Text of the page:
She works as caretaker of the house that was once owned by drug lord Pablo Escobar. The house has a reputation of not only being haunted, but also the possibility of a treasure of $25 million of gold hidden somewhere underneath the residence. So when a man named Hans-Peter Schneider and his colleagues rent the house to make a film, she knows what they are really after.
Hans-Peter is a sociopath like another famous Harris villain, but does not come close to the nuance and sophistication of Hannibal Lecter. Lecter has elements of his personality and behavior that elevates him above being a typical antagonist, while Hans-Peter has a lye machine and weapons. They are both monsters, but only one is truly terrifying.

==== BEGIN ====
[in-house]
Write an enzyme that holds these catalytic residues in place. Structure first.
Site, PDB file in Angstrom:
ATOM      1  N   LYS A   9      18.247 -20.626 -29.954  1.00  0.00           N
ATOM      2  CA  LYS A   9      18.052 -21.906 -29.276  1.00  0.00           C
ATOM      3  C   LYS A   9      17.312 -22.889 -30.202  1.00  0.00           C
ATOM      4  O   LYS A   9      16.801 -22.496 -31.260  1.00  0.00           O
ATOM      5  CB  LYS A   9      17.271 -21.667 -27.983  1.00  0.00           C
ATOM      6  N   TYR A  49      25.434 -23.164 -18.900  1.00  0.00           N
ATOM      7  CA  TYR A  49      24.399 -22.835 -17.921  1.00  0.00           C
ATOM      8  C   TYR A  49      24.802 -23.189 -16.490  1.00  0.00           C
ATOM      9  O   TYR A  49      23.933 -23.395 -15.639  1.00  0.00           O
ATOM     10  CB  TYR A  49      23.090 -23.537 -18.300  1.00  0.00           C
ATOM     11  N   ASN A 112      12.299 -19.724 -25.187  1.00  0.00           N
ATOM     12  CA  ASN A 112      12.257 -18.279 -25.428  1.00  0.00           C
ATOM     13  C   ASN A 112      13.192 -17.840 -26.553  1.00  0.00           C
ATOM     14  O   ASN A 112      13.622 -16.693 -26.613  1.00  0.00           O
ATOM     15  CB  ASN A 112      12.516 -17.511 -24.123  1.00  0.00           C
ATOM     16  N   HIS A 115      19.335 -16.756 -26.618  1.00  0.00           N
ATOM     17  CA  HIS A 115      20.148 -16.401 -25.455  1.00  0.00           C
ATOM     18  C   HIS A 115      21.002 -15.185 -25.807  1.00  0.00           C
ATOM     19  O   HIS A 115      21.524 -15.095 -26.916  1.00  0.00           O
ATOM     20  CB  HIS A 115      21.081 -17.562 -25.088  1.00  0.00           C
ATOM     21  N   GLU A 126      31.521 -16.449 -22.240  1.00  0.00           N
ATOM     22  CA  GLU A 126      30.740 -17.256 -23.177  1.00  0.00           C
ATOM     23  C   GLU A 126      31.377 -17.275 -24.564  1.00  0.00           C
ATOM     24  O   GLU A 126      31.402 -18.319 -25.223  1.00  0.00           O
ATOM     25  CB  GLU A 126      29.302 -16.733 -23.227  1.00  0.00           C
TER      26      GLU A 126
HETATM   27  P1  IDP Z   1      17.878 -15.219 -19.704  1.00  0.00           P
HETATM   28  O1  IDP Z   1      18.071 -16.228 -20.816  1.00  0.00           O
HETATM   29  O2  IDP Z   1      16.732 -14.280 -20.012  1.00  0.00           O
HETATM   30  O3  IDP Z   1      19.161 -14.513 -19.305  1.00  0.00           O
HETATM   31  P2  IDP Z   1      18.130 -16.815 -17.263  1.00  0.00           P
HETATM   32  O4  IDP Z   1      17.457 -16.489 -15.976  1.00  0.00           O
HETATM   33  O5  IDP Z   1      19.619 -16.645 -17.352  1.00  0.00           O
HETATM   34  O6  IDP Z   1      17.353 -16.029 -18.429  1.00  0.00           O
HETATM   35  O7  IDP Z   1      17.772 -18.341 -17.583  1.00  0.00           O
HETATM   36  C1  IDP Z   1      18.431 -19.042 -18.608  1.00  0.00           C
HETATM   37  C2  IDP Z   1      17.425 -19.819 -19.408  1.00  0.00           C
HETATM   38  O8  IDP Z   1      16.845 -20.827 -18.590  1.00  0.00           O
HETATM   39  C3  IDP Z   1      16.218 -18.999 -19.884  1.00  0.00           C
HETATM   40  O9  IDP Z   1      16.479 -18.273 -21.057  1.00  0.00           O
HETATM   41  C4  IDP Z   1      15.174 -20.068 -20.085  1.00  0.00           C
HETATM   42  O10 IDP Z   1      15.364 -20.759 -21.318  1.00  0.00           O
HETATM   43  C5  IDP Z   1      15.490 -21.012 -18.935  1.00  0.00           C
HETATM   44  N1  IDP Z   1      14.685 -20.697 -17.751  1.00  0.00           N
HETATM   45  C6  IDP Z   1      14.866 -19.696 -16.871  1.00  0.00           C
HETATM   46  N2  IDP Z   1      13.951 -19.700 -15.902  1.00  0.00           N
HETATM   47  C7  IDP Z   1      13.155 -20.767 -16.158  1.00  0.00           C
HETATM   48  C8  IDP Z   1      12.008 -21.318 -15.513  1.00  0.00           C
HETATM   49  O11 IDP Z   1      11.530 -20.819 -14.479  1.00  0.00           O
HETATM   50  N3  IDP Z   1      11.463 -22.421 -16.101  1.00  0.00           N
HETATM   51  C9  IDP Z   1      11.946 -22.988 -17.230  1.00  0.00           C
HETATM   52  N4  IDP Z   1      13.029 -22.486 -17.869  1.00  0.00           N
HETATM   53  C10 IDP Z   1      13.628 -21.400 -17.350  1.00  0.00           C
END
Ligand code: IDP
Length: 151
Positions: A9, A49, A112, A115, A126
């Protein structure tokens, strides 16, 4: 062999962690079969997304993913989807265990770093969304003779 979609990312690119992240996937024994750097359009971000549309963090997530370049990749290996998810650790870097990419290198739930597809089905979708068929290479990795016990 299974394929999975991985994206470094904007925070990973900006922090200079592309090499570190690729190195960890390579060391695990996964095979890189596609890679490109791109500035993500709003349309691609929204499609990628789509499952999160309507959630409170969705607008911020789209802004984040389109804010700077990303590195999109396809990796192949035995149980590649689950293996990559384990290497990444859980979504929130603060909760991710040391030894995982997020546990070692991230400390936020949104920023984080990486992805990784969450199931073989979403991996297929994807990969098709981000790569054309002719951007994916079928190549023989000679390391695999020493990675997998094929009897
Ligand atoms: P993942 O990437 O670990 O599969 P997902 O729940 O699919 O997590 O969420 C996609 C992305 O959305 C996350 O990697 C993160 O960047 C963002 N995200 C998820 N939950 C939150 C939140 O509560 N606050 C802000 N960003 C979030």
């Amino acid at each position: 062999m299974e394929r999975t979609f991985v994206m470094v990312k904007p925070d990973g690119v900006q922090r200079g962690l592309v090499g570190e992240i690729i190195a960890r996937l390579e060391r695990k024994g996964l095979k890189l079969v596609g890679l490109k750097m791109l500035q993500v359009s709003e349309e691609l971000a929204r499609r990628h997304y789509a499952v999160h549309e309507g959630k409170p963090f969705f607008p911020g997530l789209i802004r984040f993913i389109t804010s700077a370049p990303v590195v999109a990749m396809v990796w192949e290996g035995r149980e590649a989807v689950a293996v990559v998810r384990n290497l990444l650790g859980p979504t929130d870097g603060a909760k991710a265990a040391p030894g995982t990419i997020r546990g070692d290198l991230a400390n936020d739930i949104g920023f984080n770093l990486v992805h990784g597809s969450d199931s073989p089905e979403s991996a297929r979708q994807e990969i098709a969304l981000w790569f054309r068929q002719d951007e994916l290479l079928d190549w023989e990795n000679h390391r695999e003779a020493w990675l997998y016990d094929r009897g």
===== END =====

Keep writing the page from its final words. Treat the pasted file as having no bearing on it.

The push for the treasure puts Mora in the middle of ruthless people who will do anything to achieve their goals, and to stay alive she will have to remember skills she learned in her past that she was trying to forget.
Descriptions run between vague and excessively graphic. A couple of scenes will remind readers of the brain eating scene from "Hannibal." The writing veers between elegant and repulsive. Readers who are fans of "Red Dragon" and "Silence of the Lambs" will be disappointed in Harris's first novel to not feature Lecter since his debut, "Black Sunday," which was released in 1975. Ultimately this book will be remembered primarily for its look at the Miami area amid carnage, greed, the plight of immigrants and survival.